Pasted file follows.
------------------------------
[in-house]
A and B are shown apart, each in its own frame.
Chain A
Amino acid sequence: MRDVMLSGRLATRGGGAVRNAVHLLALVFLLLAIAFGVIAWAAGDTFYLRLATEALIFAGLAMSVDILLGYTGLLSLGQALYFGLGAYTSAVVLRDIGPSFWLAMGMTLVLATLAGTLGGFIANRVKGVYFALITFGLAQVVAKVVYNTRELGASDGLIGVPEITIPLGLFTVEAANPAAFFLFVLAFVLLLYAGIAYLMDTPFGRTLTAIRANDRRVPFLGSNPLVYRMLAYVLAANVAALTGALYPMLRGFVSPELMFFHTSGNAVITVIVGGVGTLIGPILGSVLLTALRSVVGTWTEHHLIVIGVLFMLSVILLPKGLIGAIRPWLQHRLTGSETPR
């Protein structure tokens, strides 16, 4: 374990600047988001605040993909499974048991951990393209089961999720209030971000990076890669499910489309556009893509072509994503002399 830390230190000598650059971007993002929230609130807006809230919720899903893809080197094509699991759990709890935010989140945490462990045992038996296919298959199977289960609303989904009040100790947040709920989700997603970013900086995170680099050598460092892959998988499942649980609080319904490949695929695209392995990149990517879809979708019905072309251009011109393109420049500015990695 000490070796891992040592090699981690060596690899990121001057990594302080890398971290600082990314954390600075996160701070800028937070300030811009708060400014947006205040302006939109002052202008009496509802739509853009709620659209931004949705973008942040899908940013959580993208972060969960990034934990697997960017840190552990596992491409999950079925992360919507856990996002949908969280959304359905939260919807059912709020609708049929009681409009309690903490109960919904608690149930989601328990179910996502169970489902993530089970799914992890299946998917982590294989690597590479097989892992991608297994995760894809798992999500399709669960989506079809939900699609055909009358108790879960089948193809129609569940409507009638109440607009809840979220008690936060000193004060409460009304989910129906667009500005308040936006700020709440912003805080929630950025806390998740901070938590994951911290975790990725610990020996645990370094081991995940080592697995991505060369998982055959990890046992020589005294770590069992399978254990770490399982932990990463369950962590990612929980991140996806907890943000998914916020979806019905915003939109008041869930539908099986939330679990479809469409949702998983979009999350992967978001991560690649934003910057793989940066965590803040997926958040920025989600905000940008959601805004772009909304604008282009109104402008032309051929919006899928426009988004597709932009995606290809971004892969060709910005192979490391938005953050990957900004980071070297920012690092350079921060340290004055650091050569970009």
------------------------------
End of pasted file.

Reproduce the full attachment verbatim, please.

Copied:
[in-house]
A and B are shown apart, each in its own frame.
Chain A
Amino acid sequence: MRDVMLSGRLATRGGGAVRNAVHLLALVFLLLAIAFGVIAWAAGDTFYLRLATEALIFAGLAMSVDILLGYTGLLSLGQALYFGLGAYTSAVVLRDIGPSFWLAMGMTLVLATLAGTLGGFIANRVKGVYFALITFGLAQVVAKVVYNTRELGASDGLIGVPEITIPLGLFTVEAANPAAFFLFVLAFVLLLYAGIAYLMDTPFGRTLTAIRANDRRVPFLGSNPLVYRMLAYVLAANVAALTGALYPMLRGFVSPELMFFHTSGNAVITVIVGGVGTLIGPILGSVLLTALRSVVGTWTEHHLIVIGVLFMLSVILLPKGLIGAIRPWLQHRLTGSETPR
């Protein structure tokens, strides 16, 4: 374990600047988001605040993909499974048991951990393209089961999720209030971000990076890669499910489309556009893509072509994503002399 830390230190000598650059971007993002929230609130807006809230919720899903893809080197094509699991759990709890935010989140945490462990045992038996296919298959199977289960609303989904009040100790947040709920989700997603970013900086995170680099050598460092892959998988499942649980609080319904490949695929695209392995990149990517879809979708019905072309251009011109393109420049500015990695 000490070796891992040592090699981690060596690899990121001057990594302080890398971290600082990314954390600075996160701070800028937070300030811009708060400014947006205040302006939109002052202008009496509802739509853009709620659209931004949705973008942040899908940013959580993208972060969960990034934990697997960017840190552990596992491409999950079925992360919507856990996002949908969280959304359905939260919807059912709020609708049929009681409009309690903490109960919904608690149930989601328990179910996502169970489902993530089970799914992890299946998917982590294989690597590479097989892992991608297994995760894809798992999500399709669960989506079809939900699609055909009358108790879960089948193809129609569940409507009638109440607009809840979220008690936060000193004060409460009304989910129906667009500005308040936006700020709440912003805080929630950025806390998740901070938590994951911290975790990725610990020996645990370094081991995940080592697995991505060369998982055959990890046992020589005294770590069992399978254990770490399982932990990463369950962590990612929980991140996806907890943000998914916020979806019905915003939109008041869930539908099986939330679990479809469409949702998983979009999350992967978001991560690649934003910057793989940066965590803040997926958040920025989600905000940008959601805004772009909304604008282009109104402008032309051929919006899928426009988004597709932009995606290809971004892969060709910005192979490391938005953050990957900004980071070297920012690092350079921060340290004055650091050569970009």